The climate revolution is happening. The publicity garnered by activists like Greta Thunberg and the Extinction Rebellion movement, together with the troubling images of the catastrophic effects of climate change, are causing our society to be conscious about its environmental impact and willing to make an effort to change things.
Volunteering in a charity shop, I have noticed that the number of people bringing their own bags is rapidly increasing, as are our sales of reusable products. However, there is always more to be done and these things perhaps aren’t as simple as some may have us believe.
It has been widely reported that animal agriculture is a larger contributor to climate change than the whole of the transportation industry. Animal agriculture causes 58 per cent of total water pollution, 56 per cent of air pollution and 83 per cent of land use. Research shows without meat and dairy consumption global farmland use could be reduced by more than 75 per cent.
So when animal agriculture is such a leading cause of climate issues, is it possible to continue to support this industry and still be an advocate against climate change?
Greta Thunberg is a vegan who has persuaded her parents to join her. She argues that the refusal to switch to veganism is depriving her generation of a future.
Joseph Poore, an Oxford University environmental researcher, states that: ‘a vegan diet is probably the single biggest way to reduce your impact on planet earth’.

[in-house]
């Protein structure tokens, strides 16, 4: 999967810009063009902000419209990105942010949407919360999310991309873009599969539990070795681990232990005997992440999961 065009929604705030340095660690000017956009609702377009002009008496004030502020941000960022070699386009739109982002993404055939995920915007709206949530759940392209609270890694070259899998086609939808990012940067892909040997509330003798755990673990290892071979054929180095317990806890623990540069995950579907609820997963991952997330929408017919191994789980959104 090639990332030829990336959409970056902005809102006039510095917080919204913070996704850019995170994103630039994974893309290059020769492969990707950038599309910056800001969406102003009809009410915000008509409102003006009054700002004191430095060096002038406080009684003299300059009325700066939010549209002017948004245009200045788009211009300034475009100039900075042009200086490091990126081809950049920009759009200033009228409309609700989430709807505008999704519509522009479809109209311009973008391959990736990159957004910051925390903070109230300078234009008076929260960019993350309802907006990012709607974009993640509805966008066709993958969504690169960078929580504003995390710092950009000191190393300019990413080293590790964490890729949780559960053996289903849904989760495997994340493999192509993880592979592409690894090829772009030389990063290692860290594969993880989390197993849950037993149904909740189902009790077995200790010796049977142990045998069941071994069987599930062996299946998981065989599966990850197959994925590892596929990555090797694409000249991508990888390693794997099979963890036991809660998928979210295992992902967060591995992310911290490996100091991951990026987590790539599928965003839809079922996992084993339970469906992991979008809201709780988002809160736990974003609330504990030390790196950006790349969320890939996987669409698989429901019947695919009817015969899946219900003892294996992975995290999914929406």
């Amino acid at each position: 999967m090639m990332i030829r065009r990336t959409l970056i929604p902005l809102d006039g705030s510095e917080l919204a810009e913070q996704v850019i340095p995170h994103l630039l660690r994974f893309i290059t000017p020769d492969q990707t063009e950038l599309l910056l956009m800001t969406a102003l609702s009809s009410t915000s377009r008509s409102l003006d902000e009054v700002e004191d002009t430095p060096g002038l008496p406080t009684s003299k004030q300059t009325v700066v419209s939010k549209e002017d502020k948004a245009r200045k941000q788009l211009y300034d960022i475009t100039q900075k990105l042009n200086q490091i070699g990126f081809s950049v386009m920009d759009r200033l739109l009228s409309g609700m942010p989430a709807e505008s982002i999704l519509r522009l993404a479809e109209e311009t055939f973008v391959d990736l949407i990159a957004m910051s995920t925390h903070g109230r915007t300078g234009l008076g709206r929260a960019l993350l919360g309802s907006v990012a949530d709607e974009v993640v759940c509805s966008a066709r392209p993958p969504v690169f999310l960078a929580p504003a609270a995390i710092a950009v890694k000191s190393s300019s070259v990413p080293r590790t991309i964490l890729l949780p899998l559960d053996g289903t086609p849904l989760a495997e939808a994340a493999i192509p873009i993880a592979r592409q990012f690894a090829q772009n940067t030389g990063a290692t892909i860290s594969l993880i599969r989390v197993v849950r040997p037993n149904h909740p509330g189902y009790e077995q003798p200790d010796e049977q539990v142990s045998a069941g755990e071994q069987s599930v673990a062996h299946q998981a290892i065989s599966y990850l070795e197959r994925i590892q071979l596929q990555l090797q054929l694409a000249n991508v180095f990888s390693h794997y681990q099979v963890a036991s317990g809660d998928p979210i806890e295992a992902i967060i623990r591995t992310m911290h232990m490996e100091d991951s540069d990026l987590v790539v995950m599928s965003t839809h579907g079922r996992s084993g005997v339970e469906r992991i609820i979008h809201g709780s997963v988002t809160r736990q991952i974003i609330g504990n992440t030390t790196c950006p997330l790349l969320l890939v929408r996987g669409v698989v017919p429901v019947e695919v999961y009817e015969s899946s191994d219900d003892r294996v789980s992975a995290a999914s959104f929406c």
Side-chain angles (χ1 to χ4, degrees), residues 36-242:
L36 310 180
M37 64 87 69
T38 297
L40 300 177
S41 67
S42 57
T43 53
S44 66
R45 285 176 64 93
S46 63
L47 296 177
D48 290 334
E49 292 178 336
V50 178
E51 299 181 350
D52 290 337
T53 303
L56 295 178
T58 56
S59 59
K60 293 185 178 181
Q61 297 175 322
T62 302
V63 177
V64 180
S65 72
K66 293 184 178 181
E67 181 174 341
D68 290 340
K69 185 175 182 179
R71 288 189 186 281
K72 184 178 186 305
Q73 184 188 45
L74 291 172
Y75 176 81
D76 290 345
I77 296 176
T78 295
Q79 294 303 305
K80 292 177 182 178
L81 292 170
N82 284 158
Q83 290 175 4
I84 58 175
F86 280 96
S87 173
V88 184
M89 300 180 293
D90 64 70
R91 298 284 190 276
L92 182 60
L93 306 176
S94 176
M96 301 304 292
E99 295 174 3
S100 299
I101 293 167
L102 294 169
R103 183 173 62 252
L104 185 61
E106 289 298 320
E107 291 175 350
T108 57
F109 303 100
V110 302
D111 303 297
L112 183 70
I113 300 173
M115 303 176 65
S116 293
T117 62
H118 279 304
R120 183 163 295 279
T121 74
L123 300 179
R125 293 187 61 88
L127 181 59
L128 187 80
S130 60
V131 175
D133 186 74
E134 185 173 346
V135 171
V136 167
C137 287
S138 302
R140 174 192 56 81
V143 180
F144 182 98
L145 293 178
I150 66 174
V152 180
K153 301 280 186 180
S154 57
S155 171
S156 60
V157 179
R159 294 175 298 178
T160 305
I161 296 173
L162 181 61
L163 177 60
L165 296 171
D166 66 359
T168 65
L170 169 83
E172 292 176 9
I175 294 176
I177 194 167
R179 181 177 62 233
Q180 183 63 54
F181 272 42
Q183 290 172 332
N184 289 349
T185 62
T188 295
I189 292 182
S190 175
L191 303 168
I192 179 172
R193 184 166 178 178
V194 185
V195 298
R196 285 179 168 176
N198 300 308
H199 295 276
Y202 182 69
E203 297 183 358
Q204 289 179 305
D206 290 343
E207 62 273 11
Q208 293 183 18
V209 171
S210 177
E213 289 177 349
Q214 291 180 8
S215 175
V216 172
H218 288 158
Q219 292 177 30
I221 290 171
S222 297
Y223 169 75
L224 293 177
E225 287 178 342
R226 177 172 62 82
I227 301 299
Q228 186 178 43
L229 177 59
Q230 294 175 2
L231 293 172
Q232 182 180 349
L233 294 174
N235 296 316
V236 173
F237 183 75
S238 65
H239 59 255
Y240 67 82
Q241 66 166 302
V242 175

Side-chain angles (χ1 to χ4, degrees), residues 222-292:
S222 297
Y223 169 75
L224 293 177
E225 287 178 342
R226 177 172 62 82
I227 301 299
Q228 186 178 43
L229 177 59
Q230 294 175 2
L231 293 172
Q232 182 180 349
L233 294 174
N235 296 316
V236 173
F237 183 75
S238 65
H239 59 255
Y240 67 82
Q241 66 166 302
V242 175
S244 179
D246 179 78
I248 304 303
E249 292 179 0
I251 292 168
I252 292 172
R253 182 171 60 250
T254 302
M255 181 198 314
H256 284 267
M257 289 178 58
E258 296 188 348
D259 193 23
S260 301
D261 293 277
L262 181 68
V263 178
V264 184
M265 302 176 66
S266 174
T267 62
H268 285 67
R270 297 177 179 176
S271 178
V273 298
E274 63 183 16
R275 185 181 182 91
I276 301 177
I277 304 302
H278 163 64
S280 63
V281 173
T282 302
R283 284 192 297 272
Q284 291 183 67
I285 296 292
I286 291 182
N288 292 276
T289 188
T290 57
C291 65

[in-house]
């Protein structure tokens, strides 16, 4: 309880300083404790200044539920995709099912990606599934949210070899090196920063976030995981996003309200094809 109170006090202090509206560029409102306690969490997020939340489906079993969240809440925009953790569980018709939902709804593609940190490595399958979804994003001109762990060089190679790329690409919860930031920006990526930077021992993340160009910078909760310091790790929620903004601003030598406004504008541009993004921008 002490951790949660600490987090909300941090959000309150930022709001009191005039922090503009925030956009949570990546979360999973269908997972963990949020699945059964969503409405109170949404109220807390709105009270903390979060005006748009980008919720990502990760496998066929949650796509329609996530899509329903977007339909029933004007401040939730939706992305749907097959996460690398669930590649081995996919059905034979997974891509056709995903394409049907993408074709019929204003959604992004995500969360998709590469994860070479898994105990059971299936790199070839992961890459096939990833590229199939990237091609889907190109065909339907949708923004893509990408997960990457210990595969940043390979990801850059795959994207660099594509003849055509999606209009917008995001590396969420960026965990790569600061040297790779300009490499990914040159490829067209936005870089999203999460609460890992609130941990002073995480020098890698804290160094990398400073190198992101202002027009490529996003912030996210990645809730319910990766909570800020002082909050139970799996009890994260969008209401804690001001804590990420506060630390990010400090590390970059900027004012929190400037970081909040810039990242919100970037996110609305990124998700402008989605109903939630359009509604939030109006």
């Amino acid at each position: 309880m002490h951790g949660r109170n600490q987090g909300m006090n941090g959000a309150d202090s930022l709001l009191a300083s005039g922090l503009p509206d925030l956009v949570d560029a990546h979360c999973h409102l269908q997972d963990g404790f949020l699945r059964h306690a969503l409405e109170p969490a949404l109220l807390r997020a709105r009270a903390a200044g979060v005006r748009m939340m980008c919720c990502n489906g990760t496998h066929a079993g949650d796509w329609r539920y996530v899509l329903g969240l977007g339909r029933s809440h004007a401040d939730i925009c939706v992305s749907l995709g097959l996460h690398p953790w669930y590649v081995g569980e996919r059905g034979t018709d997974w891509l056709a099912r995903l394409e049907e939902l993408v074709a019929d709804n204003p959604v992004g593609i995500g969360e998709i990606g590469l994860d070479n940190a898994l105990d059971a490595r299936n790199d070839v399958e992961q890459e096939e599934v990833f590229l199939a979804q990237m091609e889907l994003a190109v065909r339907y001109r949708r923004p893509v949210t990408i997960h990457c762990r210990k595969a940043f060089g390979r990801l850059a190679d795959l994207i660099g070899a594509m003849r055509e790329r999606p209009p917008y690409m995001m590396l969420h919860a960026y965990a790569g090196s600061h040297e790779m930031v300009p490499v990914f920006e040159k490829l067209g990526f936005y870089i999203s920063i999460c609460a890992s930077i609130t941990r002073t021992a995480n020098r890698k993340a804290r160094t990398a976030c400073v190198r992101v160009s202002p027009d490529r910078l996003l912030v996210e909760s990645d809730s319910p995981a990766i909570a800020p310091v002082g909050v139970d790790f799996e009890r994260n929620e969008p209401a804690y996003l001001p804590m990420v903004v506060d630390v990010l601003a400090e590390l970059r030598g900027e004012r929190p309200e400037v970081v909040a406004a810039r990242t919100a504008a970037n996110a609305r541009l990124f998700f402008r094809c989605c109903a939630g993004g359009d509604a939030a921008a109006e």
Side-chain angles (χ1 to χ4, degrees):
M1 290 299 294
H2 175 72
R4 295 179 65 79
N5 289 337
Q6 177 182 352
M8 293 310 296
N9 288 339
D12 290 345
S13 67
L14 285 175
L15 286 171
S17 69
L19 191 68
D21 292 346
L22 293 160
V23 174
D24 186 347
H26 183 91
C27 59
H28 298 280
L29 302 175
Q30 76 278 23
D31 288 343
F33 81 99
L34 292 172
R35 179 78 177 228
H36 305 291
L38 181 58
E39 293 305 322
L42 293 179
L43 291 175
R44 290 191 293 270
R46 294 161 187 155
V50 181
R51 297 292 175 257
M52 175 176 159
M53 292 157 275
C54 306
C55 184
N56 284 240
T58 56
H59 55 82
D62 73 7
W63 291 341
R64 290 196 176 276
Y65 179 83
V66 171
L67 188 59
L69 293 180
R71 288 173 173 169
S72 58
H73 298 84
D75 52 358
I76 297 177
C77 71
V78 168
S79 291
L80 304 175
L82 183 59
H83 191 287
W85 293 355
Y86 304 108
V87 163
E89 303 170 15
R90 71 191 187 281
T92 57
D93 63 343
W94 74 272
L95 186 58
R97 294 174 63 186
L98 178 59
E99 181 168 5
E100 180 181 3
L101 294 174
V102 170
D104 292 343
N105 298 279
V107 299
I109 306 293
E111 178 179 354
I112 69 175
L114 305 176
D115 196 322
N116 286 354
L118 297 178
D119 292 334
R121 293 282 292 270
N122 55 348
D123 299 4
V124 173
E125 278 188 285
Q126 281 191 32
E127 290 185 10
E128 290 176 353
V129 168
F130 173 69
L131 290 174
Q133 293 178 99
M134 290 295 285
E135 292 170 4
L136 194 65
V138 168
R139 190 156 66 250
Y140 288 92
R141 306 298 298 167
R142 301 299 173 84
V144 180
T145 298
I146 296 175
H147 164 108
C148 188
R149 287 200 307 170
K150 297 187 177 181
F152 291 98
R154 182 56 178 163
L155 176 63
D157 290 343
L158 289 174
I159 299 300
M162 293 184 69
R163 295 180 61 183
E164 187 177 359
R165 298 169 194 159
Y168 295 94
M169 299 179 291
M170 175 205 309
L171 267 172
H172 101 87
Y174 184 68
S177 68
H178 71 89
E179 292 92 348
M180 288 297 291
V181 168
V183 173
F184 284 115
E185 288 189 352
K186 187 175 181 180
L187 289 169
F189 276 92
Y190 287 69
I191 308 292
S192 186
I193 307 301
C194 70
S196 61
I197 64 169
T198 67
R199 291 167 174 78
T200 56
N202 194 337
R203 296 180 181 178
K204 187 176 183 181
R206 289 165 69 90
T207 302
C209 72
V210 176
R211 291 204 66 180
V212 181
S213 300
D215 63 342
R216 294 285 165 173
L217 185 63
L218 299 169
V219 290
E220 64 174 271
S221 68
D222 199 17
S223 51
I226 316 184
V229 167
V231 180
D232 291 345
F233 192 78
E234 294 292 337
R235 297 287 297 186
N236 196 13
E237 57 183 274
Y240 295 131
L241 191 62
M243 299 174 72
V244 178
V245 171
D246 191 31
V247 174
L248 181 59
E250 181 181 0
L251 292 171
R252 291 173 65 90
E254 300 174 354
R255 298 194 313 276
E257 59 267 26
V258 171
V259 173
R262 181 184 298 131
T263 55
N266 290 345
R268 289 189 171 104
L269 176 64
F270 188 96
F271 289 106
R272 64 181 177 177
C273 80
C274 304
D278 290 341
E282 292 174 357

So perhaps the question becomes, how willing are we to change for climate change? A Vox poll showed that 72 per cent of Americans believe climate change to be a threat, but only around 5 per cent are vegetarian and 3 per cent vegan. Therefore, are we only willing to pledge our support towards the battle against climate change but without actually taking any meaningful steps to prevent it?
The issue is such that the precedence of climate change activism is making it fashionable to pledge one’s support. People will share Instagram posts about the issue, they will perhaps read topical articles or take a water bottle; but only because these things will not affect their lives. To fully take responsibility for climate change and try to relieve the situation, surely we should be making some sacrifices?
Emmeline Pankhurst’s 1903 motto seems to permeate societal rhetoric even today. ‘Deeds not words’. We may be willing to talk about climate change, to debate it, even to write articles on it, but are we willing to make sacrifices to make that all-important difference?
To be an environmentalist is to be concerned about the environment. Concern needs to lead to action. Stopping climate change isn’t supposed to be easy. The whole point is that detrimental behaviour has permeated our zeitgeist and we need to make a conscious effort to reverse this.
And does going without the convenience or the pleasure of the taste of animal products seriously outweigh the protection of our planet for future generations? Maybe it does … for too many of us.